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L.I. Underhill is a media critic and historian specializing in pop culture, with a focus on science fiction (especially Star Trek) and video games. Their projects include a critical history of Star Trek told through the narrative of a war in time, a “heretical” history of The Legend of Zelda series and a literary postmodern reading of Jim Davis' Garfield.


  1. Daru
    February 9, 2014 @ 10:12 am

    Again – wow, quite an essay. I am going to have to revisit this once I have watched the episode, as I have no memory at all of it!


  2. Froborr
    October 11, 2014 @ 9:08 am

    Hmm. Part of what Carroll was doing with the Alice books was deliberately overextending and misapplying logic. That's what "ca'n't" was about–since you use the apostrophe to indicate the missing "o" in "not," why not have one for the "n" in "can" as well? Here I see you then take that logic and and misapply it yourself, to get "was'n't" and "is'n't." Intentional? I'm going to assume yes, and applaud.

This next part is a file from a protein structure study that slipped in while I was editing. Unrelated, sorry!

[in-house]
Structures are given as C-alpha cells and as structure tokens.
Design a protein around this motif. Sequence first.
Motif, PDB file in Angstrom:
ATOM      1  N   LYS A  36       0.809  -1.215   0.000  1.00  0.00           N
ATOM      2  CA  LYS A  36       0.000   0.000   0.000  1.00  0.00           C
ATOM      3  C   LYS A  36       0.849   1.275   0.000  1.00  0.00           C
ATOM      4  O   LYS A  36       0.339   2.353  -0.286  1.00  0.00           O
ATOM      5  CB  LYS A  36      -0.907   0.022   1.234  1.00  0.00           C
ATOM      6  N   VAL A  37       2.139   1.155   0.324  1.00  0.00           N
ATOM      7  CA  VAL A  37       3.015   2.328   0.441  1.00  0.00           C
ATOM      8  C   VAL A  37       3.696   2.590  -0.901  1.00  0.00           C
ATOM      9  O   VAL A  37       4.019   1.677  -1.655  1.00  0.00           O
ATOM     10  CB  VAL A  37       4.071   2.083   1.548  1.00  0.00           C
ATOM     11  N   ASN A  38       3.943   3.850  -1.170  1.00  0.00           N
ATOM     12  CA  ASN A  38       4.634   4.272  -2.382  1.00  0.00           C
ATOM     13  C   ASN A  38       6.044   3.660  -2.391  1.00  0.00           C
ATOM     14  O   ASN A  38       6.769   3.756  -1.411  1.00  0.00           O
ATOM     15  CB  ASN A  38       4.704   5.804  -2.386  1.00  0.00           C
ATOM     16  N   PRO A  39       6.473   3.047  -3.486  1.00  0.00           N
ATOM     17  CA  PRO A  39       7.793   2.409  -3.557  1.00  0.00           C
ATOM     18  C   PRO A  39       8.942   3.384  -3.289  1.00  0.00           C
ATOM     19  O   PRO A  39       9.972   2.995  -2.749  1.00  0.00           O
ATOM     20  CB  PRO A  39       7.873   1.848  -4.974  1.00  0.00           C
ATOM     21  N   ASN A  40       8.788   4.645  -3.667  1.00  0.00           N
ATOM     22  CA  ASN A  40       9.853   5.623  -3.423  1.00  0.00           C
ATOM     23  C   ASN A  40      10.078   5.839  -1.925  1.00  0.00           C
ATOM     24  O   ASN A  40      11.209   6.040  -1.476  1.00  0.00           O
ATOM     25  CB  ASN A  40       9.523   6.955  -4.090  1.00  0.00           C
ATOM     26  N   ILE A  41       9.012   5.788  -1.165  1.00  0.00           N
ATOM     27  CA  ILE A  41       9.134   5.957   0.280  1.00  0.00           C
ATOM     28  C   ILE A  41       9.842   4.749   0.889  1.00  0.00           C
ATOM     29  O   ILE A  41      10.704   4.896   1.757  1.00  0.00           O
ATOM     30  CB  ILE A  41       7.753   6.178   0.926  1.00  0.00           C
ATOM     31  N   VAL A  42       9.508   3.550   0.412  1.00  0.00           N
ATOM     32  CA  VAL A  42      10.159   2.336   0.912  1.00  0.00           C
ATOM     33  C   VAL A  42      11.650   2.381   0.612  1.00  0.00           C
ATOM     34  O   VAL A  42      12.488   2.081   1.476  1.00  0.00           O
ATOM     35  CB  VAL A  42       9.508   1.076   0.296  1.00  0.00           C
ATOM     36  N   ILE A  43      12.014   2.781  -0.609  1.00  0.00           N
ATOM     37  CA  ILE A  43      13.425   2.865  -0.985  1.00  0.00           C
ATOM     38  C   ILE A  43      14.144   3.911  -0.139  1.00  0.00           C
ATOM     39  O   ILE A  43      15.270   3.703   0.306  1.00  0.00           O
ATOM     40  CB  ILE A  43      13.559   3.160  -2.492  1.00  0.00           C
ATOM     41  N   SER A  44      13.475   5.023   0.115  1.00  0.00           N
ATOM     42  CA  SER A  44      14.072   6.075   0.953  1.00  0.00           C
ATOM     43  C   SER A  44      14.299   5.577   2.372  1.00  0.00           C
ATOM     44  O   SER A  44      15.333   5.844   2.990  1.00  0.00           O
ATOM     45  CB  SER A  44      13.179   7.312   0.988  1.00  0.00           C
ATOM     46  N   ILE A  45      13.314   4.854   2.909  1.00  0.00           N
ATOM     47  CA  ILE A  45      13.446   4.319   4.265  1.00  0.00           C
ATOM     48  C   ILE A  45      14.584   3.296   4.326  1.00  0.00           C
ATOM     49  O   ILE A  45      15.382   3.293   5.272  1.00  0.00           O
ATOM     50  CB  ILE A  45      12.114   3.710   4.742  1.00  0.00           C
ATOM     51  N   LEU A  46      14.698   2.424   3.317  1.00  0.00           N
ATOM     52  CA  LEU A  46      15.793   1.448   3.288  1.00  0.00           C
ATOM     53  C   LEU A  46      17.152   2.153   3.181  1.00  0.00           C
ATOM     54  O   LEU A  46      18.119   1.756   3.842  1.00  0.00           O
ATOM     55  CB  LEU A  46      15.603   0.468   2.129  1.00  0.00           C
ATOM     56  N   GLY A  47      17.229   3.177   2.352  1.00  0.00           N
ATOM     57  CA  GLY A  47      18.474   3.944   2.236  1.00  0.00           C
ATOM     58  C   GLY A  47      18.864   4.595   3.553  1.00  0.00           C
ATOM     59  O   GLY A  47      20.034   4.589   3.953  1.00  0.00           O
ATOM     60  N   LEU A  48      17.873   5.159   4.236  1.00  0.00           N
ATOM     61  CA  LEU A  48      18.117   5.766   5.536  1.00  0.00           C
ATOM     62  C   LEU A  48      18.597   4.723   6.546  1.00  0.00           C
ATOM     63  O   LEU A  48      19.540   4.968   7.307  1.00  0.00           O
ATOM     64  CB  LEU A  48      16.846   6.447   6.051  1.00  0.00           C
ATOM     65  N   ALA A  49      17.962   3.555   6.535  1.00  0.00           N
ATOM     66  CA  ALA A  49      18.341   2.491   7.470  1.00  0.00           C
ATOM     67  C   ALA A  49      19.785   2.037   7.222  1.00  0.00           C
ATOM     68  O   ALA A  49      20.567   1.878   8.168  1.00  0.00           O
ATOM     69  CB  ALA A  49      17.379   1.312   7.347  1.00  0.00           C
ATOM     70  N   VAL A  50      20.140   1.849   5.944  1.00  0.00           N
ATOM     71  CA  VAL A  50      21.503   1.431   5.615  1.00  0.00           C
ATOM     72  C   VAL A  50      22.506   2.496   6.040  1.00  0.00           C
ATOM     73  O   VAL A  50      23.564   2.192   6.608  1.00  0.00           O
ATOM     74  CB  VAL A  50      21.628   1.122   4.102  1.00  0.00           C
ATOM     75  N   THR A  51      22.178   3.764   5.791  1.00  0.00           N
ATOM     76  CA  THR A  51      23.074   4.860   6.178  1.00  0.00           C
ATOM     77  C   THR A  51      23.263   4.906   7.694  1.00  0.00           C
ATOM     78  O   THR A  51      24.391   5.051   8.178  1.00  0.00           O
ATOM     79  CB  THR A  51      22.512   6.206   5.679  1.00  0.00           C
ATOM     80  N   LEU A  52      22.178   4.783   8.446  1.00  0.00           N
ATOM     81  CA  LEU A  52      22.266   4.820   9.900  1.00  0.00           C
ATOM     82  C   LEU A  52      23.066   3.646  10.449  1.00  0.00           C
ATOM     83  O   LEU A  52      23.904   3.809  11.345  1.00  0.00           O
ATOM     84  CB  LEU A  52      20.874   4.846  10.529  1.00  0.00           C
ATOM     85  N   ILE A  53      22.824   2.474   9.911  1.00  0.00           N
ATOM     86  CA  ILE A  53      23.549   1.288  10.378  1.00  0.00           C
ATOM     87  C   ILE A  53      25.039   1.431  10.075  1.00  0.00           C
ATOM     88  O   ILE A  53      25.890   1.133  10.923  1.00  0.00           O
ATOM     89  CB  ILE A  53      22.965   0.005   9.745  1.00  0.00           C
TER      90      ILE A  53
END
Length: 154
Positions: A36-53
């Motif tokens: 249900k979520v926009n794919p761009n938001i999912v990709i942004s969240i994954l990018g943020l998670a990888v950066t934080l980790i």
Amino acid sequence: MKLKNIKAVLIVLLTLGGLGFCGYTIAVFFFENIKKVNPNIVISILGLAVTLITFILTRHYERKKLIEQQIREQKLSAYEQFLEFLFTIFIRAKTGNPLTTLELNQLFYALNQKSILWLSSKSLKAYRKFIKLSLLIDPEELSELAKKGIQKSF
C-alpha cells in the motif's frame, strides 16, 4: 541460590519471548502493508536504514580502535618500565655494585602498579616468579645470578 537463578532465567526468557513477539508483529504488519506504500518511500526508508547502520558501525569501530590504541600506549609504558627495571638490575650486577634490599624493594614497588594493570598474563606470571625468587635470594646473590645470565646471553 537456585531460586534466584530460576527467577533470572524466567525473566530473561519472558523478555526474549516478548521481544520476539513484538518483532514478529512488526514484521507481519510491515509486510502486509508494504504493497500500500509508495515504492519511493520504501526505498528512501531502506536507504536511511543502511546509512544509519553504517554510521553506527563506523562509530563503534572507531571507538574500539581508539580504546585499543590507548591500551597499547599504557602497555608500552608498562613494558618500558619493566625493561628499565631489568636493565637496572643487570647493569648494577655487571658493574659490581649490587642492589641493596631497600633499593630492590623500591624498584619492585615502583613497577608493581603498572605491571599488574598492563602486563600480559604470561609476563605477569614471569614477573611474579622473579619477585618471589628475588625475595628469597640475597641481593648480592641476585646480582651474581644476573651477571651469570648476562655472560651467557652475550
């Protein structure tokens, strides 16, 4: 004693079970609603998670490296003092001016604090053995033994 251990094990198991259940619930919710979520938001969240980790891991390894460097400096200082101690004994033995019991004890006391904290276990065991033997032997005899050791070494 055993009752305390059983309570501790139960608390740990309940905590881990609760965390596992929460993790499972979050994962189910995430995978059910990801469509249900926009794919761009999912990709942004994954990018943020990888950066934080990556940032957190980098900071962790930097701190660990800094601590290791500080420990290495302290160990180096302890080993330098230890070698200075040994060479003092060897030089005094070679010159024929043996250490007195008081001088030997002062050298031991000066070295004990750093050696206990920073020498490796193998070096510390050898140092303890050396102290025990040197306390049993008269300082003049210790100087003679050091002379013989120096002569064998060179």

This episode annoys me, though, because Spock is wrong! The Queen of Hearts is from Alice in Wonderland, the Red Queen is from Through the Looking Glass. Although… hmm… running faster and faster to stay in one place. Is that the figure of time who never shows up?

    I must admit to being baffled as to who "Other Scotty" is. You already listed Gabler and the Thought Duplicator… is there another character Doohan voiced?


  3. Josh Marsfelder
    October 11, 2014 @ 9:16 am

    I don't usually like commenting on these sorts of essays, but for you I'll just say "Yes, yes, and partially yes" 🙂


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